↓ Skip to main content

Inland waters and their role in the carbon cycle of Alaska

Overview of attention for article published in Ecological Applications, July 2017
Altmetric Badge

About this Attention Score

  • In the top 25% of all research outputs scored by Altmetric
  • High Attention Score compared to outputs of the same age (90th percentile)
  • High Attention Score compared to outputs of the same age and source (83rd percentile)

Mentioned by

news
2 news outlets
twitter
8 tweeters

Citations

dimensions_citation
26 Dimensions

Readers on

mendeley
63 Mendeley
You are seeing a free-to-access but limited selection of the activity Altmetric has collected about this research output. Click here to find out more.
Title
Inland waters and their role in the carbon cycle of Alaska
Published in
Ecological Applications, July 2017
DOI 10.1002/eap.1552
Pubmed ID
Authors

Sarah M. Stackpoole, David E. Butman, David W. Clow, Kristine L. Verdin, Benjamin V. Gaglioti, Hélène Genet, Robert G. Striegl

Abstract

The magnitude of Alaska (AK) inland waters carbon (C) fluxes is likely to change in the future due to amplified climate warming impacts on the hydrology and biogeochemical processes in high latitude regions. Although current estimates of major aquatic C fluxes represent an essential baseline against which future change can be compared, a comprehensive assessment for AK has not yet been completed. To address this gap, we combined available datasets and applied consistent methodologies to estimate river lateral C export to the coast, river and lake carbon dioxide (CO2 ) and methane (CH4 ) emissions, and C burial in lakes for the six major hydrologic regions in the state. Estimated total aquatic C flux for AK was 41 Tg C yr(-1) . Major components of this total flux, in Tg C yr(-1) , were 18 for river lateral export, 17 for river CO2 emissions, and 8 for lake CO2 emissions. Lake C burial offset these fluxes by 2 Tg C yr(-1) . River and lake CH4 emissions were 0.03 and 0.10 Tg C yr(-1) , respectively. The Southeast and South - Central regions had the highest temperature, precipitation, terrestrial net primary productivity (NPP), and C yields (fluxes normalized to land area) were 77 and 42 g C m(-2) yr(-1) , respectively. Lake CO2 emissions represented over half of the total aquatic flux from the Southwest (37 g C m(-2) yr(-1) ). The North Slope, Northwest, and Yukon regions had lesser yields (11, 15, and 17 g C m(2) yr(-1) ), but these estimates may be the most vulnerable to future climate change, because of the heightened sensitivity of arctic and boreal ecosystems to intensified warming. Total aquatic C yield for AK was 27 g C m(-2) yr(-1) , which represented 16% of the estimated terrestrial NPP. Freshwater ecosystems represent a significant conduit for C loss, and a more comprehensive view of land-water-atmosphere interactions is necessary to predict future climate change impacts on the Alaskan ecosystem C balance. This article is protected by copyright. All rights reserved.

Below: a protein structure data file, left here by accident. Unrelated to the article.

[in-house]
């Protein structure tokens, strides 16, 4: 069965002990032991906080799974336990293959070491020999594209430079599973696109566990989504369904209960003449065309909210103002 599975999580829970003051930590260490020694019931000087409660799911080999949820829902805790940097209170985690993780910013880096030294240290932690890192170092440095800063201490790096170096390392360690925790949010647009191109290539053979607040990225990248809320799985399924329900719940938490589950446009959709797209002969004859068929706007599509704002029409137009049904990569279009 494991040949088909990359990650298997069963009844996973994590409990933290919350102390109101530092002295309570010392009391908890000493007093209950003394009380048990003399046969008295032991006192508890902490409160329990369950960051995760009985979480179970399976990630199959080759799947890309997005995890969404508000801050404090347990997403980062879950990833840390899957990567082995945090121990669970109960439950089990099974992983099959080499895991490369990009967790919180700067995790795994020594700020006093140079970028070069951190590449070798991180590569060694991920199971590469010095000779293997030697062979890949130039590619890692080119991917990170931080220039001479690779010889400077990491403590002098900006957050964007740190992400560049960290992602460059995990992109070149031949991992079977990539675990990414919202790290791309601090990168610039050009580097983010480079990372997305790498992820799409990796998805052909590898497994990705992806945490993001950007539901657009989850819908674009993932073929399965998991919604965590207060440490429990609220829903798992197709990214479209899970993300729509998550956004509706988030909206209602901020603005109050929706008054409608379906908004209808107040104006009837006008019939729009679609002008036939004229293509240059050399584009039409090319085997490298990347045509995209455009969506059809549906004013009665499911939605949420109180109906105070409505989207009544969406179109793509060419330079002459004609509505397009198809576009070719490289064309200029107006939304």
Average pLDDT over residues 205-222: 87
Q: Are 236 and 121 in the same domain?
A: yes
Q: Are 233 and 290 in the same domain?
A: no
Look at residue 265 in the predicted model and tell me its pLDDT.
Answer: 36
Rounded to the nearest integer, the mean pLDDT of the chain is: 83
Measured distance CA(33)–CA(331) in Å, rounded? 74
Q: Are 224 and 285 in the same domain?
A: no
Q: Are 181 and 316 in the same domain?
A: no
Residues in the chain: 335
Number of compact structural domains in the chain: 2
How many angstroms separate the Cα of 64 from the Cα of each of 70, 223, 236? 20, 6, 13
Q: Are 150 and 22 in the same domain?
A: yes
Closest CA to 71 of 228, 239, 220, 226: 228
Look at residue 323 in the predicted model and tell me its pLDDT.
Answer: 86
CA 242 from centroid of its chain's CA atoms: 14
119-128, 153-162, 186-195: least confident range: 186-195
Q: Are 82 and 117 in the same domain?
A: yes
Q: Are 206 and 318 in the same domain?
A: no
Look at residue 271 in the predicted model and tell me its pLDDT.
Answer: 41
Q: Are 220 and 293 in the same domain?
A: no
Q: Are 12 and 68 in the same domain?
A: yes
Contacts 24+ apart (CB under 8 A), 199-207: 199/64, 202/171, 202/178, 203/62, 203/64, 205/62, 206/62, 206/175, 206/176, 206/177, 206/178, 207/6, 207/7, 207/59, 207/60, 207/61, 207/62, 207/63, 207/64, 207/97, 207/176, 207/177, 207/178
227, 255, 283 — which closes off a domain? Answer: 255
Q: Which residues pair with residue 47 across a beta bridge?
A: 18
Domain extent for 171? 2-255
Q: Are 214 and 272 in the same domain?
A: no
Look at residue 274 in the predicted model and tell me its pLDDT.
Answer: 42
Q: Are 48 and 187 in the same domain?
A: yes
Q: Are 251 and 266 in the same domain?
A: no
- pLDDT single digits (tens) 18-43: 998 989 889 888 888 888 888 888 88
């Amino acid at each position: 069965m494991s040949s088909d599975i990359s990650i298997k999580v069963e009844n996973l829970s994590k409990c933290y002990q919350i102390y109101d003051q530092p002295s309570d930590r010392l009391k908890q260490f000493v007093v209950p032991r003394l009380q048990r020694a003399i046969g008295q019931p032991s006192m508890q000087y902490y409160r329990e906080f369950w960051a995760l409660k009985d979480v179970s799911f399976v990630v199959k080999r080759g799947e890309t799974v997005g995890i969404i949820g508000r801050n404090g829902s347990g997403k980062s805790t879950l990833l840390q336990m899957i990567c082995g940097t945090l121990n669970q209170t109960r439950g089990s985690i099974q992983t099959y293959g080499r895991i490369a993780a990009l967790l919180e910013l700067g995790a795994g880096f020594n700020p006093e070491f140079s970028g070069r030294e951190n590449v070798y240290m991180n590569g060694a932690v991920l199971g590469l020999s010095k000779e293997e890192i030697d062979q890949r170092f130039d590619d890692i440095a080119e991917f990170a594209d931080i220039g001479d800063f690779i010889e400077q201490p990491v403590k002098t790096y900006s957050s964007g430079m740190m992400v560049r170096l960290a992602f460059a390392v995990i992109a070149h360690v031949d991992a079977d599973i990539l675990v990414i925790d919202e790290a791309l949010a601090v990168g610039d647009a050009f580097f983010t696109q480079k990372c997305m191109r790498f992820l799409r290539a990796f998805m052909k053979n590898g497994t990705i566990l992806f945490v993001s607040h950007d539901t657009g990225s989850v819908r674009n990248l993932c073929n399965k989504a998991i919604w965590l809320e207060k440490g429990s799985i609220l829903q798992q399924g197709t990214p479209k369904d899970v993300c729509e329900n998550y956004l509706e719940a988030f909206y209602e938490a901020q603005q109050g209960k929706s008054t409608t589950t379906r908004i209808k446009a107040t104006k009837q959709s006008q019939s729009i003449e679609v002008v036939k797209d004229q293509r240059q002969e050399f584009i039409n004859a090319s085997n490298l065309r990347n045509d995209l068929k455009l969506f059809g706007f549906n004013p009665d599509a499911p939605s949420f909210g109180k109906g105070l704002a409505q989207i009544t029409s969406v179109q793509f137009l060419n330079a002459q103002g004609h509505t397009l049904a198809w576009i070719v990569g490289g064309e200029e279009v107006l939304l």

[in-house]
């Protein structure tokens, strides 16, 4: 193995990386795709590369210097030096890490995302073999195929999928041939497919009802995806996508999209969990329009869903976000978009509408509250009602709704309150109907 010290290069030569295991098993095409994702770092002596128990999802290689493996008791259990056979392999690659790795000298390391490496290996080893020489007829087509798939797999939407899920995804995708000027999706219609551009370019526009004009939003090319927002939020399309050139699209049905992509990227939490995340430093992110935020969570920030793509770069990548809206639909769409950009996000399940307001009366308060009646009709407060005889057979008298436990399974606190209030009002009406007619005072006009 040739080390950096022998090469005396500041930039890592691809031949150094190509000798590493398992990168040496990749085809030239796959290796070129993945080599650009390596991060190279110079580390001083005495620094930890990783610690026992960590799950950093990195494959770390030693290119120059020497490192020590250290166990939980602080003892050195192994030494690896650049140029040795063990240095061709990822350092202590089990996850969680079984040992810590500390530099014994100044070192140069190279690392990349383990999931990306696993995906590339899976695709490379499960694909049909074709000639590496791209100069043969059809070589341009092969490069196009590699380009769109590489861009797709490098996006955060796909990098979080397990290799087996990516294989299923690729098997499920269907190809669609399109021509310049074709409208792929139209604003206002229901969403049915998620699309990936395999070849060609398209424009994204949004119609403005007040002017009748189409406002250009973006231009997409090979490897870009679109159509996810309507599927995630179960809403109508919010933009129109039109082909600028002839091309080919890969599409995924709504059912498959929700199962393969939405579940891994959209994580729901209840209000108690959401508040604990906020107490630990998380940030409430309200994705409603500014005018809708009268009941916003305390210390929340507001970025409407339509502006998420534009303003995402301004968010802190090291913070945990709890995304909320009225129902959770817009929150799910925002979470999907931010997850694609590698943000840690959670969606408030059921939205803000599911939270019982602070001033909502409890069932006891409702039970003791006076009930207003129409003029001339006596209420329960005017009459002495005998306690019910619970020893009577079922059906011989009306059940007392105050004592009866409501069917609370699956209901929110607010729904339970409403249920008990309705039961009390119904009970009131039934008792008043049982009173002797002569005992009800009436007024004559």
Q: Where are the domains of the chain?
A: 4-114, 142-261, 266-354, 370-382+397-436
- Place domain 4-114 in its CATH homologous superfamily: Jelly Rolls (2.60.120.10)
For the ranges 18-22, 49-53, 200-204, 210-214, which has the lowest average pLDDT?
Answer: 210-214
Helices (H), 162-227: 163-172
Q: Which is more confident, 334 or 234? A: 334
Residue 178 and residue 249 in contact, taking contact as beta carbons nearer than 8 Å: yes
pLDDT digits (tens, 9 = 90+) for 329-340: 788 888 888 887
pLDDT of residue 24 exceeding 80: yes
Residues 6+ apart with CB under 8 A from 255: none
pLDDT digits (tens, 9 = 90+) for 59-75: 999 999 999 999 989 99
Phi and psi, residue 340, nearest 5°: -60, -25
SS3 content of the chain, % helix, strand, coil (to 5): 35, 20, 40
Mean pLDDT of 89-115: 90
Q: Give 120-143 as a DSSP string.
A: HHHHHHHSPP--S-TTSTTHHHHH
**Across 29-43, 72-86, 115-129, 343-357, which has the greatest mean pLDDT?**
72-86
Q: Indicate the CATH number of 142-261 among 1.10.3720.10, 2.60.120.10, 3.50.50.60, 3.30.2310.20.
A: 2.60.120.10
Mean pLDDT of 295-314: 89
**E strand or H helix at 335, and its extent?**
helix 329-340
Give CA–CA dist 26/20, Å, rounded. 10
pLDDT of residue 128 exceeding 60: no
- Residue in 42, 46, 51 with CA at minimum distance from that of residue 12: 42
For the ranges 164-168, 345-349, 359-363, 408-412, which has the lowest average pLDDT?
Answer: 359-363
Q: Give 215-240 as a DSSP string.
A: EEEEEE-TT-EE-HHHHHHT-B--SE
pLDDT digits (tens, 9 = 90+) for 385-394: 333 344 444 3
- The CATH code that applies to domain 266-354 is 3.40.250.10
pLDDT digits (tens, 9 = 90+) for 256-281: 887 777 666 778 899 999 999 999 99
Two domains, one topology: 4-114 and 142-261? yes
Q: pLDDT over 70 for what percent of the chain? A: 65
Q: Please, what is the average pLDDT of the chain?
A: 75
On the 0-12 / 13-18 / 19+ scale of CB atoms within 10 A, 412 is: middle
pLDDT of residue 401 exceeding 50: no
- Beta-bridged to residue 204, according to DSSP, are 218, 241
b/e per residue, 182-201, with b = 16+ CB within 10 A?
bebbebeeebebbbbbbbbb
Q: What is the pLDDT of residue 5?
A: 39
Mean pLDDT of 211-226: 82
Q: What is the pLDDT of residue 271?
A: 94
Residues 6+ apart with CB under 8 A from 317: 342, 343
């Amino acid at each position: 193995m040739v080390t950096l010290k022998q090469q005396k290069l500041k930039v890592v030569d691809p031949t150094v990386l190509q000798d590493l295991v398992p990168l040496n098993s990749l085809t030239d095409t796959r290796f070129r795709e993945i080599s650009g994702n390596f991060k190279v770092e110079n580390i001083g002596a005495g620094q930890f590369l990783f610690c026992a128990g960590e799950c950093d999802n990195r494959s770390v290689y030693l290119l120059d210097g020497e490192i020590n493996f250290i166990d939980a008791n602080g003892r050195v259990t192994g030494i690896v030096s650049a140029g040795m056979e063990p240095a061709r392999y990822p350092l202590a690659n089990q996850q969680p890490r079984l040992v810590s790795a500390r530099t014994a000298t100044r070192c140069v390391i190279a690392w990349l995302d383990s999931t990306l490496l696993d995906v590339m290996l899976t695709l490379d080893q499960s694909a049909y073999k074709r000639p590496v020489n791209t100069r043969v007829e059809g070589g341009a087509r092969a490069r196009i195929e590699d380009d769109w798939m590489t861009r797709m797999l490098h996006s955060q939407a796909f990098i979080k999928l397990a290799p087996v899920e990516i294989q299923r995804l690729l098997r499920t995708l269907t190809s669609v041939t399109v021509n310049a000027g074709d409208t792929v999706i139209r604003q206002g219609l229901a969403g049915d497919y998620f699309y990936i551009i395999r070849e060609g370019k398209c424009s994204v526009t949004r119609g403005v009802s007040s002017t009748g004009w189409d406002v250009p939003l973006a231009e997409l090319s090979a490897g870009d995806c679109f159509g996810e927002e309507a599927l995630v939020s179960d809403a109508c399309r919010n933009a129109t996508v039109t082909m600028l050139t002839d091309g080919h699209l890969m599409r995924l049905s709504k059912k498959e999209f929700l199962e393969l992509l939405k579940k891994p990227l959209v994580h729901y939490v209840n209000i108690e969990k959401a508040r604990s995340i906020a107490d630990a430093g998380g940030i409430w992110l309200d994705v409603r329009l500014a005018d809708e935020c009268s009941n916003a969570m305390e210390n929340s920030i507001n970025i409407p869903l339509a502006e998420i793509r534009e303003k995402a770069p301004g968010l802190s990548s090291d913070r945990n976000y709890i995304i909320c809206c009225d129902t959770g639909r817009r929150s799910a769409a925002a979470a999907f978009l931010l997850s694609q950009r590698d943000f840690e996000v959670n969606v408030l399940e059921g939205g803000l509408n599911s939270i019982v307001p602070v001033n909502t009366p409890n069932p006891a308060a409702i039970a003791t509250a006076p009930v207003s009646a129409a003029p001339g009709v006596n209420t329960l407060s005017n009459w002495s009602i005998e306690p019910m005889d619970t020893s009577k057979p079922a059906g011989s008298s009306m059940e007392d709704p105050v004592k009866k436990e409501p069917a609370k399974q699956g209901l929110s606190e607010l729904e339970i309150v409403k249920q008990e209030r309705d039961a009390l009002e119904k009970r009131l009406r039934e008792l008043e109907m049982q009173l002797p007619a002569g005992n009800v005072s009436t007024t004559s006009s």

Twitter Demographics

The data shown below were collected from the profiles of 8 tweeters who shared this research output. Click here to find out more about how the information was compiled.

Mendeley readers

The data shown below were compiled from readership statistics for 63 Mendeley readers of this research output. Click here to see the associated Mendeley record.

Geographical breakdown

Country Count As %
Unknown 63 100%

Demographic breakdown

Readers by professional status Count As %
Student > Ph. D. Student 16 25%
Researcher 16 25%
Student > Master 10 16%
Professor > Associate Professor 3 5%
Student > Bachelor 3 5%
Other 11 17%
Unknown 4 6%
Readers by discipline Count As %
Environmental Science 25 40%
Earth and Planetary Sciences 13 21%
Agricultural and Biological Sciences 10 16%
Engineering 2 3%
Biochemistry, Genetics and Molecular Biology 2 3%
Other 3 5%
Unknown 8 13%

Attention Score in Context

This research output has an Altmetric Attention Score of 24. This is our high-level measure of the quality and quantity of online attention that it has received. This Attention Score, as well as the ranking and number of research outputs shown below, was calculated when the research output was last mentioned on 05 October 2018.
All research outputs
#741,950
of 14,145,010 outputs
Outputs from Ecological Applications
#205
of 2,332 outputs
Outputs of similar age
#24,631
of 264,546 outputs
Outputs of similar age from Ecological Applications
#9
of 53 outputs
Altmetric has tracked 14,145,010 research outputs across all sources so far. Compared to these this one has done particularly well and is in the 94th percentile: it's in the top 10% of all research outputs ever tracked by Altmetric.
So far Altmetric has tracked 2,332 research outputs from this source. They typically receive more attention than average, with a mean Attention Score of 9.4. This one has done particularly well, scoring higher than 95% of its peers.
Older research outputs will score higher simply because they've had more time to accumulate mentions. To account for age we can compare this Altmetric Attention Score to the 264,546 tracked outputs that were published within six weeks on either side of this one in any source. This one has done particularly well, scoring higher than 90% of its contemporaries.
We're also able to compare this research output to 53 others from the same source and published within six weeks on either side of this one. This one has done well, scoring higher than 83% of its contemporaries.